American runners who raised their black-gloved fists and
bowed their heads during the playing of the American
national anthem at the 1968 Games. Smith and Carlos made a
serious protest at a time of violent conflict over civil
rights within their own country, when an armed oppositional
movement – the Black Panthers – was fighting under the
banner of Black Power. And they paid an extremely heavy
price: they were effectively barred from sports for the
rest of their lives. To compare this brave and dramatic
stand to the hurt feelings of a largely unknown badminton
player who wants to express his pity for poor pathetic
Africans while in China, and who would do so with the full
backing of Hollywood, American and European liberals, most
Western governments and a mish-mash of armed rebel groups
in Darfur… that only highlights the extent to which this
event in the Orientalist Olympics, bashing China over its
gagging contracts, is driven by bloated moral pomposity.

Gold medal winner: Richard Vaughan, the British badminton
champ who has made a right shuttlecock of himself by trying

to pose as a warrior for freedom of speech. Clearly he has

swallowed whole the idea that sportsmen and other
celebrities are so supremely important that they
single-handedly try to topple the Chinese regime by
a shocking t-shirt or holding a press conference
with some
Tibetan monks.

Spearing China’s dedication to sports training

Forget the empty rhetoric of the Save Darfur missionaries
and the ‘green peril’ screaming of the environmentalist
lobby – the Olympics are, of course, all about sport. For
all Western observers’ attempts to attach their
narcissistic agendas to Beijing 2008, the vast majority of
us will enjoy it as a spectacular competition between the
fastest runners, longest jumpers and most agile gymnasts on
Earth. And yet… even in the area of sport, China is getting
an earful from concerned Westerners.

The Chinese are being attacked for ‘torturing’ their young
people by forcing them to become the best. The Chinese
training of gymnasts, some as young as seven or eight, has
been described as a form of ‘child abuse’, where teachers
and trainers bend kids’ bodies in ‘unnatural directions’
and push them, at all costs, to become the flexible
champions of the future (12).

Apparently the Chinese are far too obsessed with
self-sacrifice and winning at any cost. During an earlier
Olympics contest, one commentator said: ‘When entertainment
requires this kind of self-sacrifice, our values – for
willingly watching and participating – and the values of
the Chinese are severely out of line with basic human
standards.’ (13) Notice how even the discussion of Chinese
attitudes to sport, as well as their attitude to Darfur,
focuses on their alleged inhuman depravity.

There’s no doubt that young sportsmen and women in China
are put under extraordinary pressure. Yet even this desire
to win, in a competition in which winning is the only thing
that counts, is talked up in the Orientalist Olympics as
evidence of China’s warped ways. The Chinese are seen as
unemotional, unforgiving, as peculiarly arrogant. Again,
this is an old prejudice that is being rehabilitated on the
back of the Olympic Games. As Robert L Gee points out in
his book Orientals: Asian Americans in Popular Culture,
China-bashers in the past talked about ‘Chinese arrogance’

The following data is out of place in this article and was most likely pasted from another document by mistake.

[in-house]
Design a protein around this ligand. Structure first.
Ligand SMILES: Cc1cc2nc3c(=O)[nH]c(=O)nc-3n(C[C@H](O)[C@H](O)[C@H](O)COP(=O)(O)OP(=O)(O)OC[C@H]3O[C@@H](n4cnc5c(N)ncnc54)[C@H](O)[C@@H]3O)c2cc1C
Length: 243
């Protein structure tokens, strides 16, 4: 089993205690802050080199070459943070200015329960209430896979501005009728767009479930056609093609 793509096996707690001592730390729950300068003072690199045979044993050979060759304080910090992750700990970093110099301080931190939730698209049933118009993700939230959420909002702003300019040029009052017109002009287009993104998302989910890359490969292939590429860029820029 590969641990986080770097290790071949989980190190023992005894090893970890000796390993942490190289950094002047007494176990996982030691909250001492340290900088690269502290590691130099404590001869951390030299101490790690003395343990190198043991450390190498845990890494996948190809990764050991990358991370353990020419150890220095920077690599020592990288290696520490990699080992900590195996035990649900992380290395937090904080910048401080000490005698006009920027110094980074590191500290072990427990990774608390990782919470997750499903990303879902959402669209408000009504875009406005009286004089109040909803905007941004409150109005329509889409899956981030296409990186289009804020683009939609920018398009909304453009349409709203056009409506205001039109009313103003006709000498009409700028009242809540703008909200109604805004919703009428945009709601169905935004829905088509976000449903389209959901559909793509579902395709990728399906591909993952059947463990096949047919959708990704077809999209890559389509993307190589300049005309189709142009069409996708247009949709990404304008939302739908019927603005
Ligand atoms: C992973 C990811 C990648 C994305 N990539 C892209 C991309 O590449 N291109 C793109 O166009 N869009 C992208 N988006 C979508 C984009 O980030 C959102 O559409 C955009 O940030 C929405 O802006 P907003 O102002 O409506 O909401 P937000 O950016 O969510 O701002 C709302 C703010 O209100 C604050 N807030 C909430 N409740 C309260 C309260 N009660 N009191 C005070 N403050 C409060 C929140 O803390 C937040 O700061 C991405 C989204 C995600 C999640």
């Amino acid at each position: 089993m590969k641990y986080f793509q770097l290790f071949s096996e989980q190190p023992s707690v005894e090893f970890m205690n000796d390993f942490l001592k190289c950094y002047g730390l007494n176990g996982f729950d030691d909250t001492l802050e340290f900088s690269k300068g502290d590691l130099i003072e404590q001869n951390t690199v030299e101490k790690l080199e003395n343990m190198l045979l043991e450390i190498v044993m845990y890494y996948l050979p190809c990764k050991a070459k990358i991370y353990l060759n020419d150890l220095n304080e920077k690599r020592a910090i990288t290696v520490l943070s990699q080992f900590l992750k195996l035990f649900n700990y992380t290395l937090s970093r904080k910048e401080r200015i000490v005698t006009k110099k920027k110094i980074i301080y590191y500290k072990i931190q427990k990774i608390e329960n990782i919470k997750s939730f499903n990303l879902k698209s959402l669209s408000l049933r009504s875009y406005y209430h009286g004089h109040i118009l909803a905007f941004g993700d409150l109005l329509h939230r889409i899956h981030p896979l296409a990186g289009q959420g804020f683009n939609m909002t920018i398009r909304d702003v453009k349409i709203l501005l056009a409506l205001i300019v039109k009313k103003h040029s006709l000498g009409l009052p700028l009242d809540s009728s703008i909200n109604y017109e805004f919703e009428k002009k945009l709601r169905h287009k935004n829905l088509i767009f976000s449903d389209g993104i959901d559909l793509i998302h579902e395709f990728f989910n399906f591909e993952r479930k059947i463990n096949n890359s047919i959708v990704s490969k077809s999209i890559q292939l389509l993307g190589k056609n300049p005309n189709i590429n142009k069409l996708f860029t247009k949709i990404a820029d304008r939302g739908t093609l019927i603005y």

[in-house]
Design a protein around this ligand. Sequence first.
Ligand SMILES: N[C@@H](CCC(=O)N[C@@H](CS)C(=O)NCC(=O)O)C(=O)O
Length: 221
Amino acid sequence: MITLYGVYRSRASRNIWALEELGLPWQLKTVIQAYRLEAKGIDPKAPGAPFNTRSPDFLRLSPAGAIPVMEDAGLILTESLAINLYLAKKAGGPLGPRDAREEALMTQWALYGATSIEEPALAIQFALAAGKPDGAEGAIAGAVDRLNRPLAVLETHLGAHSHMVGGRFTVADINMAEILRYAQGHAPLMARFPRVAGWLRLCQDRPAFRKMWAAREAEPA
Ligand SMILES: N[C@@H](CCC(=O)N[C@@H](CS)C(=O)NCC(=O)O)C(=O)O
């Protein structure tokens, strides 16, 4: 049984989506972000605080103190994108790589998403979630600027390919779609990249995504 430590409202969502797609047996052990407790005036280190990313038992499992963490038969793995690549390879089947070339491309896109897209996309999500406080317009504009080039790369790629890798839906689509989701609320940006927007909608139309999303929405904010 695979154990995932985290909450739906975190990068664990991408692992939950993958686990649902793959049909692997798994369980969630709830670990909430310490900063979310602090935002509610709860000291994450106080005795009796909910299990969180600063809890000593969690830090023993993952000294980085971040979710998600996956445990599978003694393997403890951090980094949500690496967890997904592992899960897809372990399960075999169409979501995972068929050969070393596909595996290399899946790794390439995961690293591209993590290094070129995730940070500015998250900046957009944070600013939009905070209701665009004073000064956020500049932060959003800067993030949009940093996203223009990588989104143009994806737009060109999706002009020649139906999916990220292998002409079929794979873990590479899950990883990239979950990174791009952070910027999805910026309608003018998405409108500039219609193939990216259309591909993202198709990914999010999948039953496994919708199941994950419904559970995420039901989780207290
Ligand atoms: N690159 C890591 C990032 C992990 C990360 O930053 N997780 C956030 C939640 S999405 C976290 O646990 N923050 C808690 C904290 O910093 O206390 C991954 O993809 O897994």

and ‘Chinese aloofness’ (14). Back then, people saw
‘Chinese arrogance’ in their snooty ‘Yellowfaces’ (15);
today it is glimpsed in the robotic automatons forcing
young children to become winning machines.

Perhaps Western observers and athletes are making excuses
for themselves early. If they lose, it won’t be down to
their own lack of training or determination - which could
be seen as products of the West’s distinctly PC and
un-Chinese ‘everyone’s a winner’ attitude to competitive
sports - but rather down to the strange powers of the
Eastern weirdos.

Gold medal winner: BBC TV’s Newsnight, which recently
a reporter to stare in horror at young Chinese children
training to become gymnasts of the future. Much to
Newsnight’s disappointment, however, the kids seemed
to be
enjoying themselves.


(1) See Darfur: pornography for the chattering classes, by
Brendan O’Neill

(2) Why blame China?, Jonathan Steele, Comment Is Free, 14
February 2008

(3) Why blame China?, Jonathan Steele, Comment Is Free, 14
February 2008

(4) China and Darfur: The Genocide Olympics?, Washington
Post, 14 December 2006

(5) Will the 2008 Olympics in Beijing Showcase Pollution as
Well as World-class Athletes?, Knowledge Wharton, January

(6) Will the 2008 Olympics in Beijing Showcase Pollution as
Well as World-class Athletes?, Knowledge Wharton, January

(7) Will the 2008 Olympics in Beijing Showcase Pollution as
Well as World-class Athletes?, Knowledge Wharton, January

(8) See Polluting minds, Brendan O’Neill, Comment Is Free,
25 July 2007

(9) Athletes face Olympics ban for criticising China, Daily
Telegraph, February 2008

(10) Five students win terror appeal, BBC News, 13 February

(11) See In Britain, heretics get a metaphorical lashing,
by Brendan O’Neill

(12) Pinsent shock at way China treats gymnasts,
Independent, 18 November 2005

(13) ‘Chinese torture, Olympic style’, A Freudenheim, The
Truth As I See It

(14) Orientals: Asian Americans in Popular Culture, Robert
G Lee, Temple University Press, 1999

(15) Orientals: Asian Americans in Popular Culture, Robert
G Lee, Temple University Press, 1999


Samir Amin Frustrated:
Which Political Islam is allied with imperialism?

Dear Friends,

I have received many e-mails from those of you who do not
speak Arabic asking for a summary of my latest article. I
usually provide it out of my own initiative but I must
admit that the assassination of Commander Moghniyeh is
weighing heavy upon our spirits, so my apology for
forgetting it this time. but here you have it:

This summary is related to my Arabic language piece in
reply to an article published by Samir Amin the famous Arab